2 Samuel 5:1-3
In those days, Israel came to David at Hebron, and said, “Look, we are your bone and flesh. For some time, while Saul was king over us, it was you who led out Israel and brought it in. The Lord said to you: It is you who shall be shepherd of my people Israel, you who shall be ruler over Israel.” So all the elders of Israel came to the king at Hebron; and King David made a covenant with them at Hebron before the Lord, and they anointed David king over Israel.
I was glad when they said to me,
“Let us go to the house of the Lord!”
Our feet are standing
within your gates, O Jerusalem.
Jerusalem—built as a city
that is bound firmly together.
To it the tribes go up,
the tribes of the Lord,
as was decreed for Israel,
to give thanks to the name of the Lord.
For there the thrones for judgment were set up,
the thrones of the house of David.
Brothers and sisters:
Let us give thanks to the Father, who has enabled you to share in the inheritance of the saints in the light. He has rescued us from the power of darkness and transferred us into the kingdom of his beloved Son, in whom we have redemption, the forgiveness of sins. He is the image of the invisible God, the firstborn of all creation; for in him all things in heaven and on earth were created, things visible and invisible, whether thrones or dominions or rulers or powers—all things have been created through him and for him. He himself is before all things, and in him all things hold together. He is the head of the body, the church; he is the beginning, the firstborn from the dead, so that he might come to have first place in everything. For in him all the fullness of God was pleased to dwell, and through him God was pleased to reconcile to himself all things, whether on earth or in heaven, by making peace through the blood of his cross.
And the people stood by, watching; but the leaders scoffed at him, saying, “He saved others; let him save himself if he is the Messiah of God, his chosen one!” The soldiers also mocked him, coming up and offering him sour wine, and saying, “If you are the King of the Jews, save yourself!” There was also an inscription over him, “This is the King of the Jews.”
One of the criminals who were hanged there kept deriding him and saying, “Are you not the Messiah? Save yourself and us!” But the other rebuked him, saying, “Do you not fear God, since you are under the same sentence of condemnation? And we indeed have been condemned justly, for we are getting what we deserve for our deeds, but this man has done nothing wrong.” Then he said, “Jesus, remember me when you come into your kingdom.” He replied, “Truly I tell you, today you will be with me in Paradise.”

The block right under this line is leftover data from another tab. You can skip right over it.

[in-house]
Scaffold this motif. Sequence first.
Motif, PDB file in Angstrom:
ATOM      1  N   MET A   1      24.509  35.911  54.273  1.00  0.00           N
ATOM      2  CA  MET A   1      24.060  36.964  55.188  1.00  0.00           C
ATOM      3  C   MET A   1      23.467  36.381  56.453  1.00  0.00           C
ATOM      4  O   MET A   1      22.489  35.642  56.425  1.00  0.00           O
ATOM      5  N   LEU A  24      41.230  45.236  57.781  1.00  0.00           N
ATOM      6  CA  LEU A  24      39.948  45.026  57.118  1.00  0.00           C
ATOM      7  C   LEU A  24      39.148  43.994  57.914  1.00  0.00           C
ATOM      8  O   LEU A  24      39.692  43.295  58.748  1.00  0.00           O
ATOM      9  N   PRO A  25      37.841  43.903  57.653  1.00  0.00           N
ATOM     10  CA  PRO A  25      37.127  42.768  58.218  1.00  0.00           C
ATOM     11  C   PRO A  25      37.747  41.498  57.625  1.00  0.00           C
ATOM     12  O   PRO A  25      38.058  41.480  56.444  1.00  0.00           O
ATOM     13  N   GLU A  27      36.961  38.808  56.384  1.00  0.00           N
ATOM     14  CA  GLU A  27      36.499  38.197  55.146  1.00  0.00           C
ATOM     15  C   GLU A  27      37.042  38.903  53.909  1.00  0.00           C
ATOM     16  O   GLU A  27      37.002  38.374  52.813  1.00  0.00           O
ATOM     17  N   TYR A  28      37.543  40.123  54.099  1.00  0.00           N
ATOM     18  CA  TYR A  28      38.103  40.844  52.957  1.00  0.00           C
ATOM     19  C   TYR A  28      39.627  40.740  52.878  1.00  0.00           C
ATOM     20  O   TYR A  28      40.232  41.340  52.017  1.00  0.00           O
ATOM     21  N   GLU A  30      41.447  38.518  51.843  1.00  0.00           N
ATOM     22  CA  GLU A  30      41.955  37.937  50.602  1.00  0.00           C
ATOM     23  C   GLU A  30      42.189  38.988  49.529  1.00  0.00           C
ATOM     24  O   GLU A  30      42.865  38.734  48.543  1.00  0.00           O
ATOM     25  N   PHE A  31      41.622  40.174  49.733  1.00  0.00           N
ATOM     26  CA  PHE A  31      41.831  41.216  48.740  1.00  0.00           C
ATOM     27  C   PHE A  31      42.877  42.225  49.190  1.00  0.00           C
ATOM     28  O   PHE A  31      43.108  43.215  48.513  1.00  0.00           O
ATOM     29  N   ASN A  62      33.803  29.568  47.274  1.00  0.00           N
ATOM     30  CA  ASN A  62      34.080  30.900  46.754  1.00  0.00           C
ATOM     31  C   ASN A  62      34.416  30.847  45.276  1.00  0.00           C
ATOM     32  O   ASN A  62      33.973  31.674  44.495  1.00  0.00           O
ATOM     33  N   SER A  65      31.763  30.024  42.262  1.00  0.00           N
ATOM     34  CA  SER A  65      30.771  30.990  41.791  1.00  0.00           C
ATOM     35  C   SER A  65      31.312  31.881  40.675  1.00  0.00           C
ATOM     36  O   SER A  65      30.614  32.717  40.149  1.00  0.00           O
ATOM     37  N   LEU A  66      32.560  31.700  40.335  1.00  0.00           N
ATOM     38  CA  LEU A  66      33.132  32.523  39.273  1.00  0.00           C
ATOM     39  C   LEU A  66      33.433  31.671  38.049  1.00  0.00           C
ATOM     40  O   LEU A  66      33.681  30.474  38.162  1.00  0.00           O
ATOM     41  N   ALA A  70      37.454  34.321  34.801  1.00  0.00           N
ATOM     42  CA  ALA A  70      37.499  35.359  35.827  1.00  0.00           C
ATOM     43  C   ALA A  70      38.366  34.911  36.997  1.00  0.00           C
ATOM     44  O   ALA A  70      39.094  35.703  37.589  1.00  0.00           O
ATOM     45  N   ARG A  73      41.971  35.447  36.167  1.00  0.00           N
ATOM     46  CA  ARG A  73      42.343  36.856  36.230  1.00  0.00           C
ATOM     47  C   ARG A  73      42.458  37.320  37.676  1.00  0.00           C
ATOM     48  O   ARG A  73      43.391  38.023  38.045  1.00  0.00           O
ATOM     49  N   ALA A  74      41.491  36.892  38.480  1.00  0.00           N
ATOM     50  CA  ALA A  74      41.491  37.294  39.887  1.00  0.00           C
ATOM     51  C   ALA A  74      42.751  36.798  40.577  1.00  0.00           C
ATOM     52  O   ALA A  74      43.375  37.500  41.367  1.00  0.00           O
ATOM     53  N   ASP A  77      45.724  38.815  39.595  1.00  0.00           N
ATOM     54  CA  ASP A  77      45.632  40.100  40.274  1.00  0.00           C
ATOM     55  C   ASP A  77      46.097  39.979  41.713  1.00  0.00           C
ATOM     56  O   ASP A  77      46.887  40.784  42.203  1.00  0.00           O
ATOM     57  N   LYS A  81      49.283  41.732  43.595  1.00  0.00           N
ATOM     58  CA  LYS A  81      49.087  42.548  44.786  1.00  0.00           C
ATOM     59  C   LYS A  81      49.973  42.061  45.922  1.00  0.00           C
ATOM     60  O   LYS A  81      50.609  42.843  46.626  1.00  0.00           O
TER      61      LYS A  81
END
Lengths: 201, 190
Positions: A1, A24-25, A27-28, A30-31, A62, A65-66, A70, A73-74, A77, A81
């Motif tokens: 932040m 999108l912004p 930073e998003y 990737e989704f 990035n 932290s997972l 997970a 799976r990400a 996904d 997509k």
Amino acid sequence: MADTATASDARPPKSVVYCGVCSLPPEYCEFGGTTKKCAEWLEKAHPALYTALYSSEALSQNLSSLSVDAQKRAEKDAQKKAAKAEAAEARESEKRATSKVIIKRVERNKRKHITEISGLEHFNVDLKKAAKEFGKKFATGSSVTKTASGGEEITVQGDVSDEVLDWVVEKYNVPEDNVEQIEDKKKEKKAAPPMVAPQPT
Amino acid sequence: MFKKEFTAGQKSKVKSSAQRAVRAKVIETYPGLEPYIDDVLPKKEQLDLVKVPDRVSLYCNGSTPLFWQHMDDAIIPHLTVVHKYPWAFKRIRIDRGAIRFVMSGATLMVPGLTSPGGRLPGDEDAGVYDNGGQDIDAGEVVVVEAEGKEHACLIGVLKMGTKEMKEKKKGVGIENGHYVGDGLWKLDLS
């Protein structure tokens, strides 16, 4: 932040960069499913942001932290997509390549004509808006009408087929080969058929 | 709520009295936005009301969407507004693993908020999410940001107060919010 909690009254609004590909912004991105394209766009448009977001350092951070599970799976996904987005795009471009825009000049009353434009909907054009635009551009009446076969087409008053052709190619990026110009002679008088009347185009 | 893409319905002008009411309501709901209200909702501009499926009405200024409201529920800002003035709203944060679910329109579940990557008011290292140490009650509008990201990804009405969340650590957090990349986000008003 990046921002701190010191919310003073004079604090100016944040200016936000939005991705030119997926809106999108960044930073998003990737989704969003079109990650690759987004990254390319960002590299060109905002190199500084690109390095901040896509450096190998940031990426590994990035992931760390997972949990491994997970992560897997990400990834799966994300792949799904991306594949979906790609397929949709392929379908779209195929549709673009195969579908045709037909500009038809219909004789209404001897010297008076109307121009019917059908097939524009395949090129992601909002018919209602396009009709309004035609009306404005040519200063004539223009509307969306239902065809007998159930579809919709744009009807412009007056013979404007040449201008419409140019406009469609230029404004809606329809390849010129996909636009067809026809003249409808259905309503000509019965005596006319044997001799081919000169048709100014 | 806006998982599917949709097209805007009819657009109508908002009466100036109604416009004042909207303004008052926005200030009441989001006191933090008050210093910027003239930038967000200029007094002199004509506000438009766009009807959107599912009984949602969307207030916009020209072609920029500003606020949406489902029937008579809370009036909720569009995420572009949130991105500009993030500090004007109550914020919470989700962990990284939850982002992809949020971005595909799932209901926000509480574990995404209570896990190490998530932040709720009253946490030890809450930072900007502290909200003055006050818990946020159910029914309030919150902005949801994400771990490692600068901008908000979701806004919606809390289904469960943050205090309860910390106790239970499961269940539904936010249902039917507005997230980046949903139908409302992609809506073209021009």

On the Hill of Calvary three men were condemned to die. On either side of the Son of God hung lowly criminals who would never have imagined that it was God’s Will that they accompany Jesus at the hour of his death and to have this brief conversation that we hear today. It reveals that these two men held opposite views of what it meant to be saved.
One thief derided Jesus saying, “Save yourself and us!” As was his lawless practice in life, he would have liked to escape the consequences of his actions and escape death. He knew who Jesus was and called out to him, not in faith but in challenge. God would have to prove himself. As the other thief pointed out, he had no fear of God.
The other thief, known as the good thief or St. Dismas, was very different. He also knew who Jesus was and that Jesus was innocent. Rather than be ashamed of his guilt, he confessed that he broke the law and deserved his punishment. Then he asked Jesus for mercy.
These thieves are given to us as examples, though we may not be convicted criminals facing execution for our crimes, we can behave in the very same way as the two thieves when we are in need of mercy.
Some people lament their sad situations without taking responsibility, expecting God to fix things as a proof of his love. Others humbly approach God, admitting guilt and asking forgiveness. That takes faith in God’s love and mercy.
When we look on the cross of Christ, we do not need to make any more demands of God’s love for us. Love is Jesus dying on the cross, innocent yet laying down his life for our guilt.
What does the Kingdom of God look like? It is that after we have acknowledged our sinfulness, we can repent and go to the throne of God’s mercy where our King reigns forever.
As we enter the season of Advent, we do as St. Dismas did, repent of sin, confess Jesus to others, and follow Him into new life in the Kingdom.